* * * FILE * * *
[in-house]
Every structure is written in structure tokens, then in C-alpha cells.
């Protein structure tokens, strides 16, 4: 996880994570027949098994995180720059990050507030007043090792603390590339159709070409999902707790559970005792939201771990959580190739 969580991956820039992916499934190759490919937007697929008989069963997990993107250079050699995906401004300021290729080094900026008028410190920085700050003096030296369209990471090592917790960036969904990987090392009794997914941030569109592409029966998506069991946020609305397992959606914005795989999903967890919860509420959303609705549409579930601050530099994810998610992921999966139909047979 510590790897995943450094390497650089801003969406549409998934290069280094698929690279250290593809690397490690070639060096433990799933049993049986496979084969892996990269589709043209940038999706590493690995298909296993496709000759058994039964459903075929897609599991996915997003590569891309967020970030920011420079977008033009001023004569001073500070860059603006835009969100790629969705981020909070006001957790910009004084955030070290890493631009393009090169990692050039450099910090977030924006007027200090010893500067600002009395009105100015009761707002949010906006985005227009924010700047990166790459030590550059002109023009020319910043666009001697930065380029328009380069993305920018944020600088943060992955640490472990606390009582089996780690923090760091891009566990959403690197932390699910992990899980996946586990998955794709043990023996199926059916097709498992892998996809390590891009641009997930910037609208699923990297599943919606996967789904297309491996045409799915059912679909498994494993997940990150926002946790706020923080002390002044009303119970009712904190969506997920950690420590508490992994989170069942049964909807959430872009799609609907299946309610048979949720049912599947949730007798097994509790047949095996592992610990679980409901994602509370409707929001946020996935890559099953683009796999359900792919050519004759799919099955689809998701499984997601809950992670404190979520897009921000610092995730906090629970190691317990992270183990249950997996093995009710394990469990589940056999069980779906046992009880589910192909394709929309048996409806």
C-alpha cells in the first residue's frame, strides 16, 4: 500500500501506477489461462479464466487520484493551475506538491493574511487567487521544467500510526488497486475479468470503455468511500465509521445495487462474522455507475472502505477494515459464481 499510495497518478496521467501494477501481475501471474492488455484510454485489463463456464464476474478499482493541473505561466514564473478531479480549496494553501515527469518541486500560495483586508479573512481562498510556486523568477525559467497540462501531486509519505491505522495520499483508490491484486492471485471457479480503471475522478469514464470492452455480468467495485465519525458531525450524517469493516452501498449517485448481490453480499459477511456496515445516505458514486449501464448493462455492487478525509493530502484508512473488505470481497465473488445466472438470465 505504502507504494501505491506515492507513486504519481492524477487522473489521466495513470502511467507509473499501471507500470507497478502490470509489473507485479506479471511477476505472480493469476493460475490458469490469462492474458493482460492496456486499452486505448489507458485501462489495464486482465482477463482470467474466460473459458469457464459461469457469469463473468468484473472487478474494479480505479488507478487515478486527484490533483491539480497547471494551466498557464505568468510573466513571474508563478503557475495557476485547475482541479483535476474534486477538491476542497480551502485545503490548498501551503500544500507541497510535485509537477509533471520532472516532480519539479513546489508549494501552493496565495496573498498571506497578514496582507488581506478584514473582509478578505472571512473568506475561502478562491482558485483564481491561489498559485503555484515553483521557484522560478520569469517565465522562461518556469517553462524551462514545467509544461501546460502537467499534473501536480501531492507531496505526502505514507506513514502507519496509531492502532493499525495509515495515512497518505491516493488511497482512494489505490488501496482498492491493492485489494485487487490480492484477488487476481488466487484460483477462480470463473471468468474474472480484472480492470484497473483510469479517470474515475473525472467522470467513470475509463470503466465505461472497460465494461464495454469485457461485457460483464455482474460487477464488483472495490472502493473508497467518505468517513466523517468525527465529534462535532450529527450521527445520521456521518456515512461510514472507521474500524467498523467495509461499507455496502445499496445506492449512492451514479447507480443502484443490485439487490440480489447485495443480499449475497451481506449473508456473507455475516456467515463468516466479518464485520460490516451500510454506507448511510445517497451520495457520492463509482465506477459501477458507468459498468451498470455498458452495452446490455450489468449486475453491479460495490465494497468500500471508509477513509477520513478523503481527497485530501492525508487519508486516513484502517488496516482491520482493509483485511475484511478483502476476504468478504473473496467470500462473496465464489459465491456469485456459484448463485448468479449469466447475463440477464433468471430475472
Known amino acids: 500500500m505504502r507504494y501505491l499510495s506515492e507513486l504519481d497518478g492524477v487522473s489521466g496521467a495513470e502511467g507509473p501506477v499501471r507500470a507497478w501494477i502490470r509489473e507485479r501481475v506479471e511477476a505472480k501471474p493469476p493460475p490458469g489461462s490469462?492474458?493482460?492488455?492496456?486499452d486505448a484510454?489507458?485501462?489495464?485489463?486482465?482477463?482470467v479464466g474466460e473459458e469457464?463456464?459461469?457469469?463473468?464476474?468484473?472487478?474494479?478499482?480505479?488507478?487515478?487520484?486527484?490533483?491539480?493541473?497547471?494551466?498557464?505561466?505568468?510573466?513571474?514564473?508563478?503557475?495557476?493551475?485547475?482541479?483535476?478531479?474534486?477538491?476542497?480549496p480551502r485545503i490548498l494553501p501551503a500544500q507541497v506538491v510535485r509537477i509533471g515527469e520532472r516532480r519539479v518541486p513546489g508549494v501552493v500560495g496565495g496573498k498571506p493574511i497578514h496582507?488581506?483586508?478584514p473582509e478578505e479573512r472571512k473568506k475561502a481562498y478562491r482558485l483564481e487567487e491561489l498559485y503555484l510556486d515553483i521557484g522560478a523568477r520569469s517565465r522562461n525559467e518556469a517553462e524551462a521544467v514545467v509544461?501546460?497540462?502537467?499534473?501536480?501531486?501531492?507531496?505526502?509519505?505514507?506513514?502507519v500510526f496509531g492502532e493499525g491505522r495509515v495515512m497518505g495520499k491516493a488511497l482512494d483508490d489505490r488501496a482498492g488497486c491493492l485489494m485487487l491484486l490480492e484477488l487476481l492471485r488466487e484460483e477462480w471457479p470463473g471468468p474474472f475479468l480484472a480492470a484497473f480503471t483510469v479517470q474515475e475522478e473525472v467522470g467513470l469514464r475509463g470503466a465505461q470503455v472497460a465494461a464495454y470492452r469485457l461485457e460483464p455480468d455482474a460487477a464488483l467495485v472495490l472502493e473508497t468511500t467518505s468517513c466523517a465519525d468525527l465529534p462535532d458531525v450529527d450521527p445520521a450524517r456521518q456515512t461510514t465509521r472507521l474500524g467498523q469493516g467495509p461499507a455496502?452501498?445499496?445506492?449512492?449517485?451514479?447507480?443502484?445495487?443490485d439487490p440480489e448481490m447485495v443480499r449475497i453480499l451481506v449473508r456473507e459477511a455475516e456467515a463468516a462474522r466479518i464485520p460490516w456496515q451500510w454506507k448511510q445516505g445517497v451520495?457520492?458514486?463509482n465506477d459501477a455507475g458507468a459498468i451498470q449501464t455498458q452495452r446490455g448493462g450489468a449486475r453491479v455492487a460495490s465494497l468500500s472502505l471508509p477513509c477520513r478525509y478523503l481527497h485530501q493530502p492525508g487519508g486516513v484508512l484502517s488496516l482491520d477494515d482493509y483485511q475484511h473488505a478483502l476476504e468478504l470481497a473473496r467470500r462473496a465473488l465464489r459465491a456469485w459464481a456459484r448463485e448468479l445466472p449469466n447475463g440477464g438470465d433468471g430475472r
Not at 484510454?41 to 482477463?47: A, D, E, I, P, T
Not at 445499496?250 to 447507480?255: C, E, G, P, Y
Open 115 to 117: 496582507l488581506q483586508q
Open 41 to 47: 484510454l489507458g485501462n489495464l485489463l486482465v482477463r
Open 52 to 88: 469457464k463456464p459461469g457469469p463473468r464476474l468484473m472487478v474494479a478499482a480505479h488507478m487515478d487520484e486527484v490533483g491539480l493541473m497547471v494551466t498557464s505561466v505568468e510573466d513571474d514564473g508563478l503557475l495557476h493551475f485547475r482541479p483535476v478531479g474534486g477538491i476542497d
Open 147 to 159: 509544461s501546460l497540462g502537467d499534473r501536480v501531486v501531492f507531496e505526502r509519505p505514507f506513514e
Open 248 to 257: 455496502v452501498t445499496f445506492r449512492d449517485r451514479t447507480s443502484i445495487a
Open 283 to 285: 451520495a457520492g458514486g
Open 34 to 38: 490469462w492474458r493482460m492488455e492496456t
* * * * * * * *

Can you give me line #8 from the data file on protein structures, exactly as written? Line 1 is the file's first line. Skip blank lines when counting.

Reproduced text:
Open 115 to 117: 496582507l488581506q483586508q